The Worst Year to be Alive? Answer: Most likely to be 536 CE

by fulltimestudent 19 Replies latest jw friends

  • Bungi Bill
    Bungi Bill

    One thing W. Schnell probably got right in his infamous 30 Years a Watchtower Slave was the opinion that Rutherford & Co took advantage of the upheaval in Europe that followed WWI.

    That allowed them to get away with making a big issue of 1914. Persons who had just lived through the first industrialised war in history, and seen the collapse of no fewer than four great empires, were easy enough to convince that the year 1914 was indeed something special.

  • steve2

    Subjectively, each generation believes its own time is the most momentous and unprecedented - and that the generation that follows has gone to the dogs. The times were bad enough, for example, in Chuck Russell’s day for him to pronounce the “last days” had already begun in 1799. So convincing was his writings that colporteurs (forerunners to JWs pioneers) devoted their lives to spreading his word well before the 1800s ended. Every colporteur back then is now long dead.

    It is easy for us to look back and say how quaint were his predictions - yet here we are well into the 2000s where groups such as JWs breathlessly feed the old, old notion that “the end is near”.

    To be fair, if your life is suddenly and profoundly changed for the worse, that is your “Great Tribulation” and it is a nonsense to talk about ‘the worst is yet to come.’

  • Vidiot

    Any time an uber-Dub says something like "this is the worst time in all of human history"...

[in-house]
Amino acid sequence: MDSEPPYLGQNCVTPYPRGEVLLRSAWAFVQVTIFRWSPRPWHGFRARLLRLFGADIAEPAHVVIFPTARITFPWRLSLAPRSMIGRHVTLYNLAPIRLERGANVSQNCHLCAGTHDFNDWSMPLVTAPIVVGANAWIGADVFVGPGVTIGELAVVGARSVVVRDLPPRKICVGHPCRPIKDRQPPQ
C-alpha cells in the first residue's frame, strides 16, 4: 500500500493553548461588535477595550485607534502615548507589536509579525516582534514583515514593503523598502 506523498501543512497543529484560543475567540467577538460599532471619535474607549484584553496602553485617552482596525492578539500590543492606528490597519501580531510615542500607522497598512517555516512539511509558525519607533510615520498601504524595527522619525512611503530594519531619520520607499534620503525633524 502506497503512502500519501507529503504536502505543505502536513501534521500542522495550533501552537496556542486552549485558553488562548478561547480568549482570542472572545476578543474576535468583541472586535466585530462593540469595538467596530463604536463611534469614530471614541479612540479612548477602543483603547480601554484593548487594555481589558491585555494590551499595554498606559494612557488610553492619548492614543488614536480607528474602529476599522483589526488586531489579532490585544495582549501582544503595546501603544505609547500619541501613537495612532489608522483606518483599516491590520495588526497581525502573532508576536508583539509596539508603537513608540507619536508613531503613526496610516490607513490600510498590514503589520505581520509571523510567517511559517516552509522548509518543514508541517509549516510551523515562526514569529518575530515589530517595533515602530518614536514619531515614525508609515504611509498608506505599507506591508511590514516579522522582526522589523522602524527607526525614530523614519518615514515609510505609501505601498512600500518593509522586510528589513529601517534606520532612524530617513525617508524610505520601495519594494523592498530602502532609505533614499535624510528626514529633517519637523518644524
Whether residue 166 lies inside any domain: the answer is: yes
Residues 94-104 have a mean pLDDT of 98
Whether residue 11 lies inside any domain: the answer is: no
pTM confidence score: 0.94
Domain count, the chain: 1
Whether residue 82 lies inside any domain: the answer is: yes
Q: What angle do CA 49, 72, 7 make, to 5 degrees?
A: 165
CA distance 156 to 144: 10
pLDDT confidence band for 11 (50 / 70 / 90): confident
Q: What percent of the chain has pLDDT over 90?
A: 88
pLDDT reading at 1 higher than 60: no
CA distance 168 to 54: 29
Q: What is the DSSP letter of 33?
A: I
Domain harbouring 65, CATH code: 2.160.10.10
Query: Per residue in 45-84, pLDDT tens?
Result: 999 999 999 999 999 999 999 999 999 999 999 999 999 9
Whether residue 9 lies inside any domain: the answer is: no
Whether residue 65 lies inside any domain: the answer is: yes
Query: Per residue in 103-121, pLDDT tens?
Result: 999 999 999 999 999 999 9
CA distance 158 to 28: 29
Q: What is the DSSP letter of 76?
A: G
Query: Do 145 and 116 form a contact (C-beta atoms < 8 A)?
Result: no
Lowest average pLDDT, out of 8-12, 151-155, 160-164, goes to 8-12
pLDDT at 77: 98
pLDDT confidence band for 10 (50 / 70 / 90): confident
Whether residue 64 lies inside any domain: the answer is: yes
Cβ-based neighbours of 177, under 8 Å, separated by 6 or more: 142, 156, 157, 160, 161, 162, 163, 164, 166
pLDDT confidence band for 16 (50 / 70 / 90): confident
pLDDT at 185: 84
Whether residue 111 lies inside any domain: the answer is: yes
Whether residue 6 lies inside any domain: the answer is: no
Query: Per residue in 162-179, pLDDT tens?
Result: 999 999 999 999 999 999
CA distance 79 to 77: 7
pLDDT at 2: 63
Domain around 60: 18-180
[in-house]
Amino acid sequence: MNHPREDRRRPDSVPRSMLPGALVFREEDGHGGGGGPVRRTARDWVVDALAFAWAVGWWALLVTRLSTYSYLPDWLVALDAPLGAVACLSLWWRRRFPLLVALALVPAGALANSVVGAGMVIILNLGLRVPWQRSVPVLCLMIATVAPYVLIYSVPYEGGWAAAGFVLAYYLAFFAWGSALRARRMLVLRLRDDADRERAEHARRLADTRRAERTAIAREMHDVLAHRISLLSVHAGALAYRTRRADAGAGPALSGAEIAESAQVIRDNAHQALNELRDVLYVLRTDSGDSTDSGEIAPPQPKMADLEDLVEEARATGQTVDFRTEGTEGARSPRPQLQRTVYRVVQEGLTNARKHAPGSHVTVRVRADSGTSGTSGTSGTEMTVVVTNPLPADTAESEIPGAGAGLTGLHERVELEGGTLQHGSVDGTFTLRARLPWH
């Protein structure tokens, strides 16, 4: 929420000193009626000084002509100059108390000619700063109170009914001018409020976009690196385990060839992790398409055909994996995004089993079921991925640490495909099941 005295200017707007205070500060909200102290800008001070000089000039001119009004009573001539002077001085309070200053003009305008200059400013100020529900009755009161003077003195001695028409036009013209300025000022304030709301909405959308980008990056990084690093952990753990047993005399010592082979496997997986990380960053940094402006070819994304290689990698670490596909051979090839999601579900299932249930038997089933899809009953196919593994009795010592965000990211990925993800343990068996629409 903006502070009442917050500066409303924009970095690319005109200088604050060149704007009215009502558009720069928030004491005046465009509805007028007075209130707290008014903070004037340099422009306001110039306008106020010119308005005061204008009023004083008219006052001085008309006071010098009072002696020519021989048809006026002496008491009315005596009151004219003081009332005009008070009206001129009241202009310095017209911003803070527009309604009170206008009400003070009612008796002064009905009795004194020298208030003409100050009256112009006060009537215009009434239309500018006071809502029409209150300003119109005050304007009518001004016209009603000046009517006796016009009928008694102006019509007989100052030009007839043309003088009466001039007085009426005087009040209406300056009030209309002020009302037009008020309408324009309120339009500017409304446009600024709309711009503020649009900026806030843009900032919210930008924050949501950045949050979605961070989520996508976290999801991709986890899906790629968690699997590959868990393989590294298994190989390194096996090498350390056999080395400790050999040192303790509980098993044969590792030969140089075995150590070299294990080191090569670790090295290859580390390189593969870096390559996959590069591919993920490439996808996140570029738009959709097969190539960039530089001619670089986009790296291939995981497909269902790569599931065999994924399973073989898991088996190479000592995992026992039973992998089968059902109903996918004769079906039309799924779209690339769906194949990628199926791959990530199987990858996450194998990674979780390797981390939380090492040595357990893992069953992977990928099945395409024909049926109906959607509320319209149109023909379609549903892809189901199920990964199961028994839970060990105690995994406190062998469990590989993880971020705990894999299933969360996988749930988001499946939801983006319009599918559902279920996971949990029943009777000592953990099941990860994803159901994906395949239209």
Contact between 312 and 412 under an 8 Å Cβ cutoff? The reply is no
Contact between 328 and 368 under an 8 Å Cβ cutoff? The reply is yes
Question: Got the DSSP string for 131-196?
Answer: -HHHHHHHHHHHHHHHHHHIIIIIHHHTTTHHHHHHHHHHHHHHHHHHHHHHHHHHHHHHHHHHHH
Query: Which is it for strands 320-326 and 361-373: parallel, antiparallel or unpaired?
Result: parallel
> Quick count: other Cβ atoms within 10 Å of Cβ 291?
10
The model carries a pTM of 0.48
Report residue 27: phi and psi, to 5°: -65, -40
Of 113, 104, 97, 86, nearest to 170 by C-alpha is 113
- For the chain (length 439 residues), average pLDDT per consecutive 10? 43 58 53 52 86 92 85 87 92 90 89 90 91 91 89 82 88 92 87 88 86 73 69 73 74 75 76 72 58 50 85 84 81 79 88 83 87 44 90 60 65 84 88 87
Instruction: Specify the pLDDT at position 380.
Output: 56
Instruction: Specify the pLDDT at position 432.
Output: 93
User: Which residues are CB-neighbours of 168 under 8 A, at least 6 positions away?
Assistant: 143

...counter with: "So you'd rather live in the Old West? The Middle Ages? The Roman Empire?"

  • fulltimestudent

    Quote: "That allowed them to get away with making a big issue of 1914. Persons who had just lived through the first industrialised war in history,"

    Yes, the 1914-1918 war was 'industrialised.' But, I think that an examination of the American civil war, and some of the 19th century European wars (before the Great War) will show that these wars can also be considered 'industrialised.' Perhaps the use of flying machines and tanks in the 1914-1918 could be considered as marking WW1* as a more 'industrialised.' war..

    The deadly affect of machine guns may be first seen in the American Civil War, and were certainly used by the British Army in the 1904 invasion of China's Tibet, when a nervous CO ordered their use against Tibetan irregulars who had just surrendered. Slaying some 300 Tibetans. (The Tibetan irregulars did not have state issued guns, but brought with them yheir personally owned guns, most of which were little better than flintlocks, and that was why they would not surrender their guns.)

    * If you do some searching you could find a number of historians who see WW1, not as a genuine first world war, but as the last of the purely European struggles for World supremacy. Other areas of the world that were affected by WWI were affected because of the European notion of colonisation, And, in some ways WW2 was also a continuation of those 19th C European struggles for world domination. The determination of Hitler's Germany to 'win' was certainly based on the harsh treatment of Germany in the Versailles Peace Treaty.